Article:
Partnering To Build The Next Digital Bank

Digital Disruption In Asian Banking

A banking revolution is sweeping across Asia as increasing numbers of countries introduce new regulatory frameworks for digital banking. Leading financial centres including South Korea, Hong Kong, Taiwan, and Singapore have either issued or plan to award new licences for digital banks. Malaysia is next: Bank Negara Malaysia (BNM), the central bank, is currently seeking industry comments on a proposed framework for digital-bank licence applications.

Fintechs, traditional financial institutions, tech giants, and other large corporations are now eyeing the opportunity – and many are doing so in consortiums to maximise their chances. In Singapore, for example, six out of the seven applicants1 for digital full bank licences and at least five applicants1 for digital wholesale bank licences are consortiums. In Hong Kong, half the winners of virtual banking licences were joint ventures.

Regulators require that applicants demonstrate deep capabilities in several areas. In Malaysia, these capabilities will include furthering financial inclusion, technological innovation, customer analytics, and a solid understanding of banking risk management and compliance, according to the draft framework circulated by BNM. In addition, a consortium presents its members with an opportunity for potential synergies. These introduce the ability to deliver better services to target customers and improve the consortium’s chances of being awarded a licence.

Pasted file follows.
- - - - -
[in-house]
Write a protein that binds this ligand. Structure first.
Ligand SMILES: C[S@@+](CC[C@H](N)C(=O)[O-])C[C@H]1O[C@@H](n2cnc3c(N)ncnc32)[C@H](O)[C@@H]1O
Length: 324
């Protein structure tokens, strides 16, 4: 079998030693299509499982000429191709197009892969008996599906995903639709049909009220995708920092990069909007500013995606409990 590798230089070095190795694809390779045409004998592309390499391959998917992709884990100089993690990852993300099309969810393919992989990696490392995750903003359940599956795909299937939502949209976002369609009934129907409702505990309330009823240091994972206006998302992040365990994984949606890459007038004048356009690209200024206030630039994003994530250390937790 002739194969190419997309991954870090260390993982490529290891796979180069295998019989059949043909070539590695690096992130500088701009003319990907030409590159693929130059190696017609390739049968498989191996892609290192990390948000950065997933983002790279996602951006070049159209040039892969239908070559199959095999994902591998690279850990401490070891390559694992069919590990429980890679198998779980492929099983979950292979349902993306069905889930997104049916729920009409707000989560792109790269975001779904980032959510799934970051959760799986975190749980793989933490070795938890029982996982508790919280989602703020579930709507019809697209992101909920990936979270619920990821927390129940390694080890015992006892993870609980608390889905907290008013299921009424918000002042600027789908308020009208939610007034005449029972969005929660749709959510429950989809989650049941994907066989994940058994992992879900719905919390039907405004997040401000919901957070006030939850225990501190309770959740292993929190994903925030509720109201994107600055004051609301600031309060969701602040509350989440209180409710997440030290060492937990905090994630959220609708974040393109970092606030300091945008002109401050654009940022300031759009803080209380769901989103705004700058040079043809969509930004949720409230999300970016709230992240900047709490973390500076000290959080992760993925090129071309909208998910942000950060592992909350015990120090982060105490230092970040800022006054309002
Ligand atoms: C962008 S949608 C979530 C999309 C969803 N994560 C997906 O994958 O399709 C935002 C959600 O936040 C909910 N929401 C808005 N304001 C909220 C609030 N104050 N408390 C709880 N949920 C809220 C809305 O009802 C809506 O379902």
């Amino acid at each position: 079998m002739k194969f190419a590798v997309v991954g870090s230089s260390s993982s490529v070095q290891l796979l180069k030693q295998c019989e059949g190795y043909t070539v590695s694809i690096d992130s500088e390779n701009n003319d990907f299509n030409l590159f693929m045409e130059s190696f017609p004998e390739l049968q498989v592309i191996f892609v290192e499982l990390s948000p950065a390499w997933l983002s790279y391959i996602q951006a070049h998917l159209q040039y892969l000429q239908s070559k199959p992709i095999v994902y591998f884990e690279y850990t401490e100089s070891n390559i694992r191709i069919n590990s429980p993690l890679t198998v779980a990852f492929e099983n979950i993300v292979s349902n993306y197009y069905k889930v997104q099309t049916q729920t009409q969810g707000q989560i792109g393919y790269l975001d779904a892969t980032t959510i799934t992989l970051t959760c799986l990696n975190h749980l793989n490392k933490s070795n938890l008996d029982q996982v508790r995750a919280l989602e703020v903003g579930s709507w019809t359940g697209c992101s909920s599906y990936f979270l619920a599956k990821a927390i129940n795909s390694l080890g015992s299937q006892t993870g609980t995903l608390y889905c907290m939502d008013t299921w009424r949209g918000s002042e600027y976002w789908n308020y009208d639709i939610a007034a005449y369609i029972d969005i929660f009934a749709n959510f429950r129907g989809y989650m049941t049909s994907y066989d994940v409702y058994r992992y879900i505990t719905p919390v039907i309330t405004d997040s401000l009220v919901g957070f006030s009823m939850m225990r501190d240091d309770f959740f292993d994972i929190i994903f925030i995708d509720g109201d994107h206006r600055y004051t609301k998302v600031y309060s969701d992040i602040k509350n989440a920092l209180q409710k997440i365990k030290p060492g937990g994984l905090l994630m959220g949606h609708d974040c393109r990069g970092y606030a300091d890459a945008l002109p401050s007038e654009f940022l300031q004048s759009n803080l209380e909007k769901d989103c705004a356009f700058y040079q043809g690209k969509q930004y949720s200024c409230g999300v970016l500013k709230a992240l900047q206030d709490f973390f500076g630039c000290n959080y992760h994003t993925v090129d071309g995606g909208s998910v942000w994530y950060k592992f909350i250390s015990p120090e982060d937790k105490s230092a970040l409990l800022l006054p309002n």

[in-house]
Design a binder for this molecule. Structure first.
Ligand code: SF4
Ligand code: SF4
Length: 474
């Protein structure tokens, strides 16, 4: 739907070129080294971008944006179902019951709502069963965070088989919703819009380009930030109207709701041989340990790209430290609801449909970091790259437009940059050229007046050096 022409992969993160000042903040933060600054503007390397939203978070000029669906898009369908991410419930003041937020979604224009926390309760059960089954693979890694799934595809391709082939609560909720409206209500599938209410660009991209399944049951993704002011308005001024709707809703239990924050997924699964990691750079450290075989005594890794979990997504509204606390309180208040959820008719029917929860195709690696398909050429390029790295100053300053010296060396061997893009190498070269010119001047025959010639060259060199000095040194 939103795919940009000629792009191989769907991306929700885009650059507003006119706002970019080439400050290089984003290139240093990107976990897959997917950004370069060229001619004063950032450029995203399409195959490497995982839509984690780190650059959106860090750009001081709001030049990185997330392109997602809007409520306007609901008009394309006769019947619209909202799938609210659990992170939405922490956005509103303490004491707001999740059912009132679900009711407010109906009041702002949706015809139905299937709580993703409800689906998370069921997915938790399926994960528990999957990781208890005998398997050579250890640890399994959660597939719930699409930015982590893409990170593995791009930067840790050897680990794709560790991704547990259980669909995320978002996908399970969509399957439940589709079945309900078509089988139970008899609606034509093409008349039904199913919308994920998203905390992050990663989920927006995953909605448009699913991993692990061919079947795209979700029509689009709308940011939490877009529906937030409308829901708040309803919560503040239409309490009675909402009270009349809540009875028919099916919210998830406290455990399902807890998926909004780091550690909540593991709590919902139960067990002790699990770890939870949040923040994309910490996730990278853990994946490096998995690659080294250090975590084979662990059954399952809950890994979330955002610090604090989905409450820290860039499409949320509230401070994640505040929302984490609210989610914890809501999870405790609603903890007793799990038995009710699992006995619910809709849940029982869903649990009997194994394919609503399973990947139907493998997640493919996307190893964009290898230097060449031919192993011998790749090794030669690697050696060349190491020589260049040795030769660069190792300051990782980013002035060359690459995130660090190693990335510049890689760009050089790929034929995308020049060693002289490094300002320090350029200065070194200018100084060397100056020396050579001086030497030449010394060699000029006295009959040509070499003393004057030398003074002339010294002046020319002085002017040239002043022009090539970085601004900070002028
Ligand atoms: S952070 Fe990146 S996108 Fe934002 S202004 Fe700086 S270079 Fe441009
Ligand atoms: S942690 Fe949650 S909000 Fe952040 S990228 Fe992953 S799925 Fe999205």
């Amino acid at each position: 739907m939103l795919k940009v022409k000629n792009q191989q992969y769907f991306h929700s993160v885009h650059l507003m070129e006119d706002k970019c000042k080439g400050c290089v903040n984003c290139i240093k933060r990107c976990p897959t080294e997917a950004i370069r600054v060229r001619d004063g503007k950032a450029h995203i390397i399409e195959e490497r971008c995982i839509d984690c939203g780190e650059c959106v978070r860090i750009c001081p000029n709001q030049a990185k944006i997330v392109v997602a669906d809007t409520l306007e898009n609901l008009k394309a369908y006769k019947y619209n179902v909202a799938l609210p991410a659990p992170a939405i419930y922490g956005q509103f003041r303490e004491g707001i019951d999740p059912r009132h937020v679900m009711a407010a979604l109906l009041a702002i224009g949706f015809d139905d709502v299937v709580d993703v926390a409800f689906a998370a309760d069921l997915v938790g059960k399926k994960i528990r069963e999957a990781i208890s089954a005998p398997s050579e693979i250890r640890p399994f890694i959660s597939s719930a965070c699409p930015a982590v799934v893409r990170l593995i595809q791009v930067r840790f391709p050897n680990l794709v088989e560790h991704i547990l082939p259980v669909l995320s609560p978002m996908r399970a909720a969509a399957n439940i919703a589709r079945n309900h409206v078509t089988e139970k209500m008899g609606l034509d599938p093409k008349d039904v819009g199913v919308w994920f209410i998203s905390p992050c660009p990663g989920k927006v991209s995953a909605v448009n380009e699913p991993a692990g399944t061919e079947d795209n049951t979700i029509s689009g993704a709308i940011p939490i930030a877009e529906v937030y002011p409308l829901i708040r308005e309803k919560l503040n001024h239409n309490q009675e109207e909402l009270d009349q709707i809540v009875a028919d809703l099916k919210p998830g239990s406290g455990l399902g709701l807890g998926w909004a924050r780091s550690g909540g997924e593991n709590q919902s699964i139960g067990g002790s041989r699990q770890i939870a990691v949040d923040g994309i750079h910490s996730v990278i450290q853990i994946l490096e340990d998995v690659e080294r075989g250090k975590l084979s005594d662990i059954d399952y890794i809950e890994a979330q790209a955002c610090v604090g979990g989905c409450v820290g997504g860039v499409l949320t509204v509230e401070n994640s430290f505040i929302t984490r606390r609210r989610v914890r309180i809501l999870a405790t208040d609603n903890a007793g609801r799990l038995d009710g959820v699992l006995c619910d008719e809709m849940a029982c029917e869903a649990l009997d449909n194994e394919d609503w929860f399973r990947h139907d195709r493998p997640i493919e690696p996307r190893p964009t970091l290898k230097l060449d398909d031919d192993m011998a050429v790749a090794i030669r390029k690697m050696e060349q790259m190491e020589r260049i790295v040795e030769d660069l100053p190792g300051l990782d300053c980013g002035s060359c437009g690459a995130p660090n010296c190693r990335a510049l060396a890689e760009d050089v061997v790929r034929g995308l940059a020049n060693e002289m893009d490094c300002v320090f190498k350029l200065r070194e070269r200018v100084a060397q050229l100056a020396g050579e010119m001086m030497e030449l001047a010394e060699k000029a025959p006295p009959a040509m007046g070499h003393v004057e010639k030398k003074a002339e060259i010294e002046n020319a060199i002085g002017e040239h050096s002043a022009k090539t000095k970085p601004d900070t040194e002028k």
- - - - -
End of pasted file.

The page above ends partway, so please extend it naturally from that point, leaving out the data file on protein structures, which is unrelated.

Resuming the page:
However, forming a consortium to create an application is complex. The partners each need to thoroughly consider their potential contributions and interaction, and how they would form the bank. Based on our experience of working with applicants in Hong Kong and Singapore, we have developed some primary considerations for potential applicants. These aim to help the partners discuss and agree on how to build a successful digital banking consortium.

A.     What components are required?

Consortium partners need a common understanding of the components needed to build a bank and of what each partner will contribute. Broadly, they need to cover five areas:

  • Access to a sizeable customer base: This is essential to sustain a digital bank and make it profitable. For example, BNM has placed strong emphasis on financial inclusion, and players with meaningful access to underbanked rural and urban population segments will have an edge.
  • Distribution channels and customer touchpoints: Building a profitable digital bank will likely require a variety of customer touchpoints, where nudges towards various financial products can be placed. These could include a combination of both online and offline channels for various kinds of business: travel services, e-commerce, gaming, e-wallets, convenience stores, remittance services, gas stations etc. A successful consortium will likely need multiple customer touchpoints to quickly scale up its offerings and build engaging, sticky relationships with its customers.